Explanation : A suit is instituted, in the ordinary cases, when the plaint is presented to the officer : in the case of a pauper, when his application for leave to sue as a pauper is made, and, in the case of a claim against a company which is being wound up by the Court, when the claimant firs ) sends in his claim to the Official Liquidator.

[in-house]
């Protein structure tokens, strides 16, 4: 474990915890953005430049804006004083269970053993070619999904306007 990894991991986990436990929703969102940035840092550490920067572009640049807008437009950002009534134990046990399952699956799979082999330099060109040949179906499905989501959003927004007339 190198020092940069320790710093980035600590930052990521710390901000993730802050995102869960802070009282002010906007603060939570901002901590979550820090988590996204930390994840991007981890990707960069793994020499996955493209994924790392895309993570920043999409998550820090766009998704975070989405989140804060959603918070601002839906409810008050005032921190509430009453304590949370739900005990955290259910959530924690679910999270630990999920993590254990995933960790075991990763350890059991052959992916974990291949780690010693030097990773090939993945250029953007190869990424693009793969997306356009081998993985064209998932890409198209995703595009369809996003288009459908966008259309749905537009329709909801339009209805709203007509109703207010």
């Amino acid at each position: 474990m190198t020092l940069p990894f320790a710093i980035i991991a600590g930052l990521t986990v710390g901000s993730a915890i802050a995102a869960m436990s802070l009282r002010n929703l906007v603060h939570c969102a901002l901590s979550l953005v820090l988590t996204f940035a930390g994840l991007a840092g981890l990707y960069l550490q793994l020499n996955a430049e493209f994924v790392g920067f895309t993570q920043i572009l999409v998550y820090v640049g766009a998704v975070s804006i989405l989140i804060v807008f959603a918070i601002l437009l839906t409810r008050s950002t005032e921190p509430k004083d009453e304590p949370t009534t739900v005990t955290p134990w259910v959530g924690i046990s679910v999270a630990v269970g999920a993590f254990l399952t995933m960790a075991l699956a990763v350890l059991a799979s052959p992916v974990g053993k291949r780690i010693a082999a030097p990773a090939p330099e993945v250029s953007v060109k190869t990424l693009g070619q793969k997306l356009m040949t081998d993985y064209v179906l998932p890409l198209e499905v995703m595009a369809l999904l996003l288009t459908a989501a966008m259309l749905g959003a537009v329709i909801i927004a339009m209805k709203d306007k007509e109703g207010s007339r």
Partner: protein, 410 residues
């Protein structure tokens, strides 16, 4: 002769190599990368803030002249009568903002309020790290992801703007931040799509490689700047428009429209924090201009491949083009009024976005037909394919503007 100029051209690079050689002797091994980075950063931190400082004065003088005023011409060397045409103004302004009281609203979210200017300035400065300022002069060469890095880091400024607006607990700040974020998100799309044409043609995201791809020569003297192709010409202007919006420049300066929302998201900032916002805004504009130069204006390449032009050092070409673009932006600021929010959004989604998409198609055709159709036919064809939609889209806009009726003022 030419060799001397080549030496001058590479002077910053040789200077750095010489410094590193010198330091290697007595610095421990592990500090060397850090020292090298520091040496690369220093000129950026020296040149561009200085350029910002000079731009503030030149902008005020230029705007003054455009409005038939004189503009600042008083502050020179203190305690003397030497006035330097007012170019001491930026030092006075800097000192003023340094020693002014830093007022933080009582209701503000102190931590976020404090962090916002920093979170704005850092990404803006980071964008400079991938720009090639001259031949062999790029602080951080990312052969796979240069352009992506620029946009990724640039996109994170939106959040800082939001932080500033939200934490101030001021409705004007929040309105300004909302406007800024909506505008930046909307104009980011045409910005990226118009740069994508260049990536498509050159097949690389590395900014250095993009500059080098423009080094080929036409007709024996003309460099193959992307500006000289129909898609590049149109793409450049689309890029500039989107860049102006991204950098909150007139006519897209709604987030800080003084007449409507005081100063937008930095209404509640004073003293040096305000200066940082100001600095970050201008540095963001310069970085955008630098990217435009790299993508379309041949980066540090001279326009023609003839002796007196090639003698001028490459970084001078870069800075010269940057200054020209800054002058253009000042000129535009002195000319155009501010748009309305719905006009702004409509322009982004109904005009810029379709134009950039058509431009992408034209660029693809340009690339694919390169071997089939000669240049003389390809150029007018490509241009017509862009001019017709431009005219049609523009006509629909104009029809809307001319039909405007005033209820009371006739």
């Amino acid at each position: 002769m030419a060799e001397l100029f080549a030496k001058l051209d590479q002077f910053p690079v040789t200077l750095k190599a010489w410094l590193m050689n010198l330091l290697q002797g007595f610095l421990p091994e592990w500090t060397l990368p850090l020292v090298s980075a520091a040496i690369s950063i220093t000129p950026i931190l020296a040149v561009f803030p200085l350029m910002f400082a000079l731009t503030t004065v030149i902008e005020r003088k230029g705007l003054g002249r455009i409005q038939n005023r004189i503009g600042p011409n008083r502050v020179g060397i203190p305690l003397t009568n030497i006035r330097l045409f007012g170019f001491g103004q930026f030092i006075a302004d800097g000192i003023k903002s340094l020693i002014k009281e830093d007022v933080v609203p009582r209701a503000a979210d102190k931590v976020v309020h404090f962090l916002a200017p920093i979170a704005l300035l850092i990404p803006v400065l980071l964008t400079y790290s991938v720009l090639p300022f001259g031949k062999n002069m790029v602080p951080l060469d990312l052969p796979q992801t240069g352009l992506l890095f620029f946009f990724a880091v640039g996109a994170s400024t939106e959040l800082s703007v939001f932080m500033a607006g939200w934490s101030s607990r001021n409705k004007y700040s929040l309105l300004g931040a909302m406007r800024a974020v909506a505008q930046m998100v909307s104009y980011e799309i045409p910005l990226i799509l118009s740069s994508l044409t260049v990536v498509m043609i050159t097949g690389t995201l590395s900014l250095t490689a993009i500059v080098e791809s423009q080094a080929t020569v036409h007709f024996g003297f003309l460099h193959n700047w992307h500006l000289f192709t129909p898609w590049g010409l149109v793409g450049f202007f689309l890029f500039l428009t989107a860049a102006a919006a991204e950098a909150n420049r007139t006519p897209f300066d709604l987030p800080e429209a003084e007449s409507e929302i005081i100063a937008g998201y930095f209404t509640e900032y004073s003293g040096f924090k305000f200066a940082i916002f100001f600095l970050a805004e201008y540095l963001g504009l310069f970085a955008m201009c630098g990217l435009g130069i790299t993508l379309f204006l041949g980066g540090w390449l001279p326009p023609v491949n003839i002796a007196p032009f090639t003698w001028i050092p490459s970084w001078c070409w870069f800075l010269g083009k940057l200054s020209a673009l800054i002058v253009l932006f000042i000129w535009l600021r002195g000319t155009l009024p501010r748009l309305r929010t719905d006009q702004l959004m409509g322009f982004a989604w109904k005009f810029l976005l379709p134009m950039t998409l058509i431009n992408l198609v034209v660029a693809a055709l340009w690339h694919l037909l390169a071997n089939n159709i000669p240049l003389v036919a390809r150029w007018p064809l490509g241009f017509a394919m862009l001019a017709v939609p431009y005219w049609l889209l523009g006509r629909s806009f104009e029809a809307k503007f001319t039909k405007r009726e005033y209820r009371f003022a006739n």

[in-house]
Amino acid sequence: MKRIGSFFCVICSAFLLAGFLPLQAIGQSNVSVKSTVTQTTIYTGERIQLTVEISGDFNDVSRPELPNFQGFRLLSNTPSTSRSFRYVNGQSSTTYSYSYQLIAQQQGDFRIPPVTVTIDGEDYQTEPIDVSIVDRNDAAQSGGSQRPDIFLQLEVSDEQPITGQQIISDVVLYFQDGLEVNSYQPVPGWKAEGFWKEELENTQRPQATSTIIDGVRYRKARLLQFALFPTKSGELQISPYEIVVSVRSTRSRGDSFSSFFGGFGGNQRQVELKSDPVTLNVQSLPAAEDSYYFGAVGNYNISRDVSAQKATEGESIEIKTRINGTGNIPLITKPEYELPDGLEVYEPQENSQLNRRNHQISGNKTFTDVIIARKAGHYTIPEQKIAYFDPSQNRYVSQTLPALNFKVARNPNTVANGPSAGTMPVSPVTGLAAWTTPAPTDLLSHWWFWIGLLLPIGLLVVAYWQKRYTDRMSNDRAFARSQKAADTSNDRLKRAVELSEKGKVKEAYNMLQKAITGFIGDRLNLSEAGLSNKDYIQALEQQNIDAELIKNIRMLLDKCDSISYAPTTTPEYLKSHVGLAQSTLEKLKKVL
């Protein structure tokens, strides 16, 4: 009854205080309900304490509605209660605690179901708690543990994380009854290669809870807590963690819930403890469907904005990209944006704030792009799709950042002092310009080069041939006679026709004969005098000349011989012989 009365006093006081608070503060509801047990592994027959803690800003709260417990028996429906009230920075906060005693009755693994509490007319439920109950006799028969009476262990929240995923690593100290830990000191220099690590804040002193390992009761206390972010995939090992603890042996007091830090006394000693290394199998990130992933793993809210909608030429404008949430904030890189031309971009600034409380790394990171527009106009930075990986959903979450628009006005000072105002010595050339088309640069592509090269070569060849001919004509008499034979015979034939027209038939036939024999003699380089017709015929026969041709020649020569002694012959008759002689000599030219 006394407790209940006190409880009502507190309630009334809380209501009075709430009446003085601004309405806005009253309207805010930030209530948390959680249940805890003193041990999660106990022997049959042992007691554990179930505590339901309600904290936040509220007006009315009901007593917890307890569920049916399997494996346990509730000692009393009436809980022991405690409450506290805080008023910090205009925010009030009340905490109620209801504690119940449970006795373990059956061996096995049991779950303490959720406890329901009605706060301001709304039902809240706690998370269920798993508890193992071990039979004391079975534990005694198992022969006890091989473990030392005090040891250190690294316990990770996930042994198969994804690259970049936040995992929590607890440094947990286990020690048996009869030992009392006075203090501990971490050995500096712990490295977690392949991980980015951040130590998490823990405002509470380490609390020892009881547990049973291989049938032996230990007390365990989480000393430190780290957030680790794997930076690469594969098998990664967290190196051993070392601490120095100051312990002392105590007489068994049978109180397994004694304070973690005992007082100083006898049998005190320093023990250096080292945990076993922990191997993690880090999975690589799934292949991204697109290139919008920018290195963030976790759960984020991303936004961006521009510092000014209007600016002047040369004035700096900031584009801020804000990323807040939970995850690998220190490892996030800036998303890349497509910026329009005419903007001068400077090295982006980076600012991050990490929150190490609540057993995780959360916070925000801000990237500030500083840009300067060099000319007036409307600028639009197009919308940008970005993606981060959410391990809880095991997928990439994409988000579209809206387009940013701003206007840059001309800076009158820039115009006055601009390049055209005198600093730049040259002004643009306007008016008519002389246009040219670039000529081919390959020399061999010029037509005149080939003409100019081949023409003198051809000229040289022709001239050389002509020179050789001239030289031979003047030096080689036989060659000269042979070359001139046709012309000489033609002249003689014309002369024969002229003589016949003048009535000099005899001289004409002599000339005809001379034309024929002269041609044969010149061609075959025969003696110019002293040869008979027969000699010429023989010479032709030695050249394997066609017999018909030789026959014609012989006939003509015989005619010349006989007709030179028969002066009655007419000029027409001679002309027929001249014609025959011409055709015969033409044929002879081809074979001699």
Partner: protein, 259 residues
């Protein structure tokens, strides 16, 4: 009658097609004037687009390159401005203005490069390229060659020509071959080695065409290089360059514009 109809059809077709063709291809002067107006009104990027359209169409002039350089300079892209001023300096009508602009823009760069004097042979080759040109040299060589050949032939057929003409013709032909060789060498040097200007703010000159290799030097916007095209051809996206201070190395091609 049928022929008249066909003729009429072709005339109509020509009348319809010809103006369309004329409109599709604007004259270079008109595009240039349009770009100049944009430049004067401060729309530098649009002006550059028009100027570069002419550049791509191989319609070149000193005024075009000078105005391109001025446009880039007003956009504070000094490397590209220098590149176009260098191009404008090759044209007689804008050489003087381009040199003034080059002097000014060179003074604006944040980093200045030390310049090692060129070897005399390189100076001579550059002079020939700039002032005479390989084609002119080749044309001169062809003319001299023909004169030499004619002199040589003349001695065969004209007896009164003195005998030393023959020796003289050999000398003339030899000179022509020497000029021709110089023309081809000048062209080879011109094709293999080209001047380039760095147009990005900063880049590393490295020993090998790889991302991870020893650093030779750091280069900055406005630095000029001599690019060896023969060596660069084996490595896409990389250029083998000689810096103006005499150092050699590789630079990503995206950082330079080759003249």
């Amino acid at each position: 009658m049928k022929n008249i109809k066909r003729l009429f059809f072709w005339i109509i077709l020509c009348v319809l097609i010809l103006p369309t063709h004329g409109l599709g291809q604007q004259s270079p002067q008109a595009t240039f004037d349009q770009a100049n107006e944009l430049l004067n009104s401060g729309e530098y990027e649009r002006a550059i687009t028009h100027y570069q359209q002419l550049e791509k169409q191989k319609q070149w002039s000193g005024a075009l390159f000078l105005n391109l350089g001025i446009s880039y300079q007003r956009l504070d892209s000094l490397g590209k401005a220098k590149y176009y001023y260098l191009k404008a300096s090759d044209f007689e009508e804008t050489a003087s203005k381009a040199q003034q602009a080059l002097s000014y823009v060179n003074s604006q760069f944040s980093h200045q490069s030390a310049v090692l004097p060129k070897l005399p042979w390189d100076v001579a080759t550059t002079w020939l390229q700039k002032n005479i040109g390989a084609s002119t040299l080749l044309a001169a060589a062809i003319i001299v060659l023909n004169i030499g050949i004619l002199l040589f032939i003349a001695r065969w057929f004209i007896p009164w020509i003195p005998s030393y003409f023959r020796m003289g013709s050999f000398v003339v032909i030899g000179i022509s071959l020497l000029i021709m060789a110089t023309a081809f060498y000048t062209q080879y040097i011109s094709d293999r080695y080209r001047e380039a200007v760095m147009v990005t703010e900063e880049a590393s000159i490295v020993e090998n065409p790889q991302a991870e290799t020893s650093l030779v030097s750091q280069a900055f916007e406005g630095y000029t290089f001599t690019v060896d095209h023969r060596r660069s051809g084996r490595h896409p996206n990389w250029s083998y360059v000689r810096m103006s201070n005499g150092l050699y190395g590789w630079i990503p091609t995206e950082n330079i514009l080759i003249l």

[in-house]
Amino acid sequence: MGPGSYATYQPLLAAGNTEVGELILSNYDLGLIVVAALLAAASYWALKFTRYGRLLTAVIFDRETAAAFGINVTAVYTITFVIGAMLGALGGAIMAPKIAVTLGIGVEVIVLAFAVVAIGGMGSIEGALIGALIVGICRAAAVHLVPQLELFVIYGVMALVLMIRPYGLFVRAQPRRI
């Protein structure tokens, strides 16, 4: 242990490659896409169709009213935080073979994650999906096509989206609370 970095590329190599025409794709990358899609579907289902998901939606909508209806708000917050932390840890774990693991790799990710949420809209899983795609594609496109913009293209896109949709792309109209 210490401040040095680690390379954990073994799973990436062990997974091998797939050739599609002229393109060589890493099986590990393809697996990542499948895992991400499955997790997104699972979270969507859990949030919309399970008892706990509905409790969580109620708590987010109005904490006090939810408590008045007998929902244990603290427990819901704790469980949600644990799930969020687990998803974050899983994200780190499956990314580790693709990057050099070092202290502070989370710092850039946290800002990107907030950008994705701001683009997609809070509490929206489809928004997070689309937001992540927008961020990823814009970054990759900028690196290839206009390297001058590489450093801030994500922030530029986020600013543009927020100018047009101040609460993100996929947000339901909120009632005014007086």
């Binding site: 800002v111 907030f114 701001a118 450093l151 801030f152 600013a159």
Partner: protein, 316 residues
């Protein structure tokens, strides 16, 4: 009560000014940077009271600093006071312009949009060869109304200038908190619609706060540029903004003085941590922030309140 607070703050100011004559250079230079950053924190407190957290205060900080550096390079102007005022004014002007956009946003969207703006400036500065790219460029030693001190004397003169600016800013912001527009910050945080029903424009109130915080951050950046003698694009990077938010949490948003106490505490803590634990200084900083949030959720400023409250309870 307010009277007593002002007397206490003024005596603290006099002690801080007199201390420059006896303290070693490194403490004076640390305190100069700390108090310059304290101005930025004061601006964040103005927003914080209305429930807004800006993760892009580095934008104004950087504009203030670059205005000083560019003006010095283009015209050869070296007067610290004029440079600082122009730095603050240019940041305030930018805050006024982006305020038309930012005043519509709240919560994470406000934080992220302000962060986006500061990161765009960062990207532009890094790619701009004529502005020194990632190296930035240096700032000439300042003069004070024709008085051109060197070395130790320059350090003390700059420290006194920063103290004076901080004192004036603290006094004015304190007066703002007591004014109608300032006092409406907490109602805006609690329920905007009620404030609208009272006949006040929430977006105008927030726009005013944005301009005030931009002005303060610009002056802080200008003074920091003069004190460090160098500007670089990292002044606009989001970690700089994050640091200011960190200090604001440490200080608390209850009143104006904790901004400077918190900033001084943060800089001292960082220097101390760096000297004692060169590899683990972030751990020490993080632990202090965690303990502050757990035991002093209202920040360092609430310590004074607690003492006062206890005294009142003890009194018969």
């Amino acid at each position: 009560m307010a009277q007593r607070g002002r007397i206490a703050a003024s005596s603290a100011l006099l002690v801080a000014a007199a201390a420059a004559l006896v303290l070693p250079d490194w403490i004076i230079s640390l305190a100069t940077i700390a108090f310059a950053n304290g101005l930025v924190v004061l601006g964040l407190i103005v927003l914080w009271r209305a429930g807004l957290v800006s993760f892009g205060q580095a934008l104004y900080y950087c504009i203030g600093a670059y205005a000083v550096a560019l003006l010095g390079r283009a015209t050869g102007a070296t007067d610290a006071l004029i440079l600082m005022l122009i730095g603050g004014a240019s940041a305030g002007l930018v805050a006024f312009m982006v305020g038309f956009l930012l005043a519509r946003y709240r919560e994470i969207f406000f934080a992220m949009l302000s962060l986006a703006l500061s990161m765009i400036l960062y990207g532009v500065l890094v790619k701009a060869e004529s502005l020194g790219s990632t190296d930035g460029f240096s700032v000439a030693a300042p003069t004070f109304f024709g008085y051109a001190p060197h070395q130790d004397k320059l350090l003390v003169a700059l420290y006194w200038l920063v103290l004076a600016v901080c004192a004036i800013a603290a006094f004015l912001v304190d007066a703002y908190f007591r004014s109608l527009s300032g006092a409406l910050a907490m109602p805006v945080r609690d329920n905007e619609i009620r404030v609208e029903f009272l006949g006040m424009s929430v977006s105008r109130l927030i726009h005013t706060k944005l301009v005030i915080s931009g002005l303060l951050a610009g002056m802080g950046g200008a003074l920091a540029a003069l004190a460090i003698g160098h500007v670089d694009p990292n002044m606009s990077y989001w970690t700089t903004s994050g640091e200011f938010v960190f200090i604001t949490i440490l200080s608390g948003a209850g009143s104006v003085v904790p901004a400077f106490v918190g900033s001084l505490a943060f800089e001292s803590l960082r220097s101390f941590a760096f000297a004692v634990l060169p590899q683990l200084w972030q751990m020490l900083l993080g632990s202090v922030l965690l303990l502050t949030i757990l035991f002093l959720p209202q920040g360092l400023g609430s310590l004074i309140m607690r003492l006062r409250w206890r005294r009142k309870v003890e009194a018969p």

The argument is that as a result of the Explanation, in the case of a claim such as the present, limitation will start from 26th March, 1956, the date when the claim was sent in to the Official Liquidator. At the same time Sri A. R. Krishnaswami was prepared to concede that so long as the claim of the creditor is within time on the date of the order of winding-up, it is immaterial even if it happens to get time-barred on the date when he actually sends in the claim, though this concession would not fit in with the provision in the Explanation to Section 3 of the Limitation Act. The truth of the matter is that the provision in question in the Limitation Act has nothing to do with the matter we are now concerned with. That relates to a suit which has been instituted in the regular civil Court, where previous to the institution of the suit the plaintiff has put in a claim against the company to the Official Liquidator. In such a case he can avail himself of the provision in the Explanation to Section 3 of the Limitation Act and reckon the date of his sending in the claim to the Official Liquidator as the date of the institution of the suit. As pointed out by the Privy Council in Hansraj Gupta v. Official Liquidators of Dehra Dun, etc., Co. (1932) 64 M.L.J. 403 : L.R. 60 IndAp 13 : 6 I.L.R. 54 All. 1067 (though in dealing with a different argument):